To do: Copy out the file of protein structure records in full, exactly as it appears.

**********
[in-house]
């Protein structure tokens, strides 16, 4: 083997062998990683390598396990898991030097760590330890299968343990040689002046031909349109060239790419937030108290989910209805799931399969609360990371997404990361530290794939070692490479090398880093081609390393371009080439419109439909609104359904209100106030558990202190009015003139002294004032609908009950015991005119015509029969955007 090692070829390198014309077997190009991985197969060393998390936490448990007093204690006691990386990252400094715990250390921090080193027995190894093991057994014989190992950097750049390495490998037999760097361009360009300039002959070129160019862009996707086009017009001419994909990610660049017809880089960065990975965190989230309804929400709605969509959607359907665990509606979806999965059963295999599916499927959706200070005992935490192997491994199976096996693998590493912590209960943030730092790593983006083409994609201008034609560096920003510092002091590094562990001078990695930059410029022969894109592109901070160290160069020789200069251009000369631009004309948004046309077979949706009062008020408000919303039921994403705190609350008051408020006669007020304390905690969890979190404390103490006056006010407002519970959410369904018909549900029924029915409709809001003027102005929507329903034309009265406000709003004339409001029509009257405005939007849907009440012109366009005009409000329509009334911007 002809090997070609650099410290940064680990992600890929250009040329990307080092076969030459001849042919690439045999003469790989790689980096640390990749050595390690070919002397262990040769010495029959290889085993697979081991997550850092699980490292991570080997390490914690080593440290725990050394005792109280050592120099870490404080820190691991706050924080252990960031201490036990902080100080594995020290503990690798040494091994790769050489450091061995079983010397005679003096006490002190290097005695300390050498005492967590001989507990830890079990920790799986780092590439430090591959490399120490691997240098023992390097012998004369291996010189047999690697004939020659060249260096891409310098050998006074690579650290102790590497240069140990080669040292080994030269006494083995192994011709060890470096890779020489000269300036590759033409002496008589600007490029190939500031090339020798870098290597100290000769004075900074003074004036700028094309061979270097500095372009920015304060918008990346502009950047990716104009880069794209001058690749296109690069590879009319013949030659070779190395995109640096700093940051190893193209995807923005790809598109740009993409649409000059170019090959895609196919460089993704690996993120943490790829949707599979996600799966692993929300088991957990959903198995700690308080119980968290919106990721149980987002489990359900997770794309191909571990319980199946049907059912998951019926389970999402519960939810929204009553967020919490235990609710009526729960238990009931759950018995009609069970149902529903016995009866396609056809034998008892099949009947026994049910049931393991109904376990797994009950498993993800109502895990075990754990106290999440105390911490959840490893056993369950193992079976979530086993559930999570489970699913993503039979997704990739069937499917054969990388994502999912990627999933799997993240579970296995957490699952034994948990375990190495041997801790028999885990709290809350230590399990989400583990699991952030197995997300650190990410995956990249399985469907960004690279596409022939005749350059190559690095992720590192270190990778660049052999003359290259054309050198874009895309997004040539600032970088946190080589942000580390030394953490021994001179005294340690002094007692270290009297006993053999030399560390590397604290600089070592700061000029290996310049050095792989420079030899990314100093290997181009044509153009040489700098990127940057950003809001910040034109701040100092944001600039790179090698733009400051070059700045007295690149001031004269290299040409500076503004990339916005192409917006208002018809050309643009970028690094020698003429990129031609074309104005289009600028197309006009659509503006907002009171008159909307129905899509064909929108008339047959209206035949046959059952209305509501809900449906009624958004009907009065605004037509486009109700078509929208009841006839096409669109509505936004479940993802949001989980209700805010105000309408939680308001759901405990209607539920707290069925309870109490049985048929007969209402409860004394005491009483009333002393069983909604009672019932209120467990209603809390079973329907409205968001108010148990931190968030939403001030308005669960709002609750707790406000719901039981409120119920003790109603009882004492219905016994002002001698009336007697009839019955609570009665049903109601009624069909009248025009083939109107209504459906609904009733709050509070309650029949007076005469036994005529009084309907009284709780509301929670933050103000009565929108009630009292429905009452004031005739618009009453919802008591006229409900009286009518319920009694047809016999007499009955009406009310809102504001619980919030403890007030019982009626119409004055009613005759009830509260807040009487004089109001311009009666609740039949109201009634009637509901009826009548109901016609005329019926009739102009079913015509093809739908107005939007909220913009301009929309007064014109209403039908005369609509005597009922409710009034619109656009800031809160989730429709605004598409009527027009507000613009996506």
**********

[in-house]
């Protein structure tokens, strides 16, 4: 083997062998990683390598396990898991030097760590330890299968343990040689002046031909349109060239790419937030108290989910209805799931399969609360990371997404990361530290794939070692490479090398880093081609390393371009080439419109439909609104359904209100106030558990202190009015003139002294004032609908009950015991005119015509029969955007 090692070829390198014309077997190009991985197969060393998390936490448990007093204690006691990386990252400094715990250390921090080193027995190894093991057994014989190992950097750049390495490998037999760097361009360009300039002959070129160019862009996707086009017009001419994909990610660049017809880089960065990975965190989230309804929400709605969509959607359907665990509606979806999965059963295999599916499927959706200070005992935490192997491994199976096996693998590493912590209960943030730092790593983006083409994609201008034609560096920003510092002091590094562990001078990695930059410029022969894109592109901070160290160069020789200069251009000369631009004309948004046309077979949706009062008020408000919303039921994403705190609350008051408020006669007020304390905690969890979190404390103490006056006010407002519970959410369904018909549900029924029915409709809001003027102005929507329903034309009265406000709003004339409001029509009257405005939007849907009440012109366009005009409000329509009334911007 002809090997070609650099410290940064680990992600890929250009040329990307080092076969030459001849042919690439045999003469790989790689980096640390990749050595390690070919002397262990040769010495029959290889085993697979081991997550850092699980490292991570080997390490914690080593440290725990050394005792109280050592120099870490404080820190691991706050924080252990960031201490036990902080100080594995020290503990690798040494091994790769050489450091061995079983010397005679003096006490002190290097005695300390050498005492967590001989507990830890079990920790799986780092590439430090591959490399120490691997240098023992390097012998004369291996010189047999690697004939020659060249260096891409310098050998006074690579650290102790590497240069140990080669040292080994030269006494083995192994011709060890470096890779020489000269300036590759033409002496008589600007490029190939500031090339020798870098290597100290000769004075900074003074004036700028094309061979270097500095372009920015304060918008990346502009950047990716104009880069794209001058690749296109690069590879009319013949030659070779190395995109640096700093940051190893193209995807923005790809598109740009993409649409000059170019090959895609196919460089993704690996993120943490790829949707599979996600799966692993929300088991957990959903198995700690308080119980968290919106990721149980987002489990359900997770794309191909571990319980199946049907059912998951019926389970999402519960939810929204009553967020919490235990609710009526729960238990009931759950018995009609069970149902529903016995009866396609056809034998008892099949009947026994049910049931393991109904376990797994009950498993993800109502895990075990754990106290999440105390911490959840490893056993369950193992079976979530086993559930999570489970699913993503039979997704990739069937499917054969990388994502999912990627999933799997993240579970296995957490699952034994948990375990190495041997801790028999885990709290809350230590399990989400583990699991952030197995997300650190990410995956990249399985469907960004690279596409022939005749350059190559690095992720590192270190990778660049052999003359290259054309050198874009895309997004040539600032970088946190080589942000580390030394953490021994001179005294340690002094007692270290009297006993053999030399560390590397604290600089070592700061000029290996310049050095792989420079030899990314100093290997181009044509153009040489700098990127940057950003809001910040034109701040100092944001600039790179090698733009400051070059700045007295690149001031004269290299040409500076503004990339916005192409917006208002018809050309643009970028690094020698003429990129031609074309104005289009600028197309006009659509503006907002009171008159909307129905899509064909929108008339047959209206035949046959059952209305509501809900449906009624958004009907009065605004037509486009109700078509929208009841006839096409669109509505936004479940993802949001989980209700805010105000309408939680308001759901405990209607539920707290069925309870109490049985048929007969209402409860004394005491009483009333002393069983909604009672019932209120467990209603809390079973329907409205968001108010148990931190968030939403001030308005669960709002609750707790406000719901039981409120119920003790109603009882004492219905016994002002001698009336007697009839019955609570009665049903109601009624069909009248025009083939109107209504459906609904009733709050509070309650029949007076005469036994005529009084309907009284709780509301929670933050103000009565929108009630009292429905009452004031005739618009009453919802008591006229409900009286009518319920009694047809016999007499009955009406009310809102504001619980919030403890007030019982009626119409004055009613005759009830509260807040009487004089109001311009009666609740039949109201009634009637509901009826009548109901016609005329019926009739102009079913015509093809739908107005939007909220913009301009929309007064014109209403039908005369609509005597009922409710009034619109656009800031809160989730429709605004598409009527027009507000613009996506």